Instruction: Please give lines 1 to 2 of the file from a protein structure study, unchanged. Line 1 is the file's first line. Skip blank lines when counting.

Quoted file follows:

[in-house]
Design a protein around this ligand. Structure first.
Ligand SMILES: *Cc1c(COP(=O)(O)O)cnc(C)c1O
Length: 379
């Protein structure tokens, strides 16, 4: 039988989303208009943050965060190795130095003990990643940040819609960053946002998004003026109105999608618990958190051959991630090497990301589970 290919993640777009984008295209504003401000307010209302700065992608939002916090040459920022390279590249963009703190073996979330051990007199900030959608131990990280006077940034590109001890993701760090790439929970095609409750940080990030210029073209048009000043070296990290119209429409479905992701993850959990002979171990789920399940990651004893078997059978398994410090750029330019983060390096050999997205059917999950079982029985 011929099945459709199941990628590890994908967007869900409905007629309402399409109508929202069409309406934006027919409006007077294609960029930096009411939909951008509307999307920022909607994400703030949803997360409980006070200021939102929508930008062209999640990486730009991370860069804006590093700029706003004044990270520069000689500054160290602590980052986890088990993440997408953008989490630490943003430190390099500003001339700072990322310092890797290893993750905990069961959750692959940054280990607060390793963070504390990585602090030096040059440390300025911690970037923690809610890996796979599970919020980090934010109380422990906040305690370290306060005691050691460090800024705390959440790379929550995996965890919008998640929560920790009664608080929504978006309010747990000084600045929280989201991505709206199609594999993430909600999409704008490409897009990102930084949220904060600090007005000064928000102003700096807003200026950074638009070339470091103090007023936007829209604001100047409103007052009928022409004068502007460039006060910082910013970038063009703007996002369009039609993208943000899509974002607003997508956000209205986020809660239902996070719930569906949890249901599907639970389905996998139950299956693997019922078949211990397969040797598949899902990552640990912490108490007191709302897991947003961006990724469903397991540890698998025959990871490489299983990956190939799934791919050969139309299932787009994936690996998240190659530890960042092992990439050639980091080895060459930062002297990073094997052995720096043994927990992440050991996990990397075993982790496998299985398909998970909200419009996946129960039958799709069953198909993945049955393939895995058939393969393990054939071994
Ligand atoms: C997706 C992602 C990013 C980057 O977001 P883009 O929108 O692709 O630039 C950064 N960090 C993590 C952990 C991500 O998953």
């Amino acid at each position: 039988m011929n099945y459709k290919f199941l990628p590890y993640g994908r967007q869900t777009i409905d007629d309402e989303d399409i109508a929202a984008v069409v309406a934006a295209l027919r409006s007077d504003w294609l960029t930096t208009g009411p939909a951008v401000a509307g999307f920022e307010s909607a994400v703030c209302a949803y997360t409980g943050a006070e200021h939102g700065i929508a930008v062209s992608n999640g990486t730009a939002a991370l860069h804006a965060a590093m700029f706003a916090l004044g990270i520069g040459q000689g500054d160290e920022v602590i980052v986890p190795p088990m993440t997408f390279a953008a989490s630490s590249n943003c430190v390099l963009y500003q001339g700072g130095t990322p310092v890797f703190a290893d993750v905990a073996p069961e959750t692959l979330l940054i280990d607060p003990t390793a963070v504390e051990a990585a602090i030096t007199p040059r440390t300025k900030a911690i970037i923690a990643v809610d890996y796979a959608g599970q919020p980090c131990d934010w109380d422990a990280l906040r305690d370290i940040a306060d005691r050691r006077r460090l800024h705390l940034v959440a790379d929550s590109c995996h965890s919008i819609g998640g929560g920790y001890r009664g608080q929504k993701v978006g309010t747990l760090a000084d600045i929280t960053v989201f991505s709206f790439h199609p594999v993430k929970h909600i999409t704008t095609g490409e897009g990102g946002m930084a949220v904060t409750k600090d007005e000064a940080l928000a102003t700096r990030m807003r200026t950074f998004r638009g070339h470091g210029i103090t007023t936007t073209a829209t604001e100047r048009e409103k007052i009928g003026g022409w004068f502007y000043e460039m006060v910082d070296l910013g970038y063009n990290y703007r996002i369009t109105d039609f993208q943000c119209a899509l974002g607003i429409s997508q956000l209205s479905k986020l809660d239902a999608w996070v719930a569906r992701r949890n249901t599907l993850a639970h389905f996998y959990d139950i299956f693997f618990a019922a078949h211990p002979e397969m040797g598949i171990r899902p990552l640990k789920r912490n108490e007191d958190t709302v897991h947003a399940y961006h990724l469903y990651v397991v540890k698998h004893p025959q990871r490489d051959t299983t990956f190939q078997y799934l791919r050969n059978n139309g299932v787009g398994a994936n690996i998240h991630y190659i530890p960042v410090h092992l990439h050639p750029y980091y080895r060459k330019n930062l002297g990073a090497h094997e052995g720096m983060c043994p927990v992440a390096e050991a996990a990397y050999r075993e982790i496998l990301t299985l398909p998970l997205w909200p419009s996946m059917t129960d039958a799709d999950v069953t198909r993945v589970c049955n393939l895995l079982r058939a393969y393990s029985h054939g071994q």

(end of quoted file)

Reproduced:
[in-house]
Design a protein around this ligand. Structure first.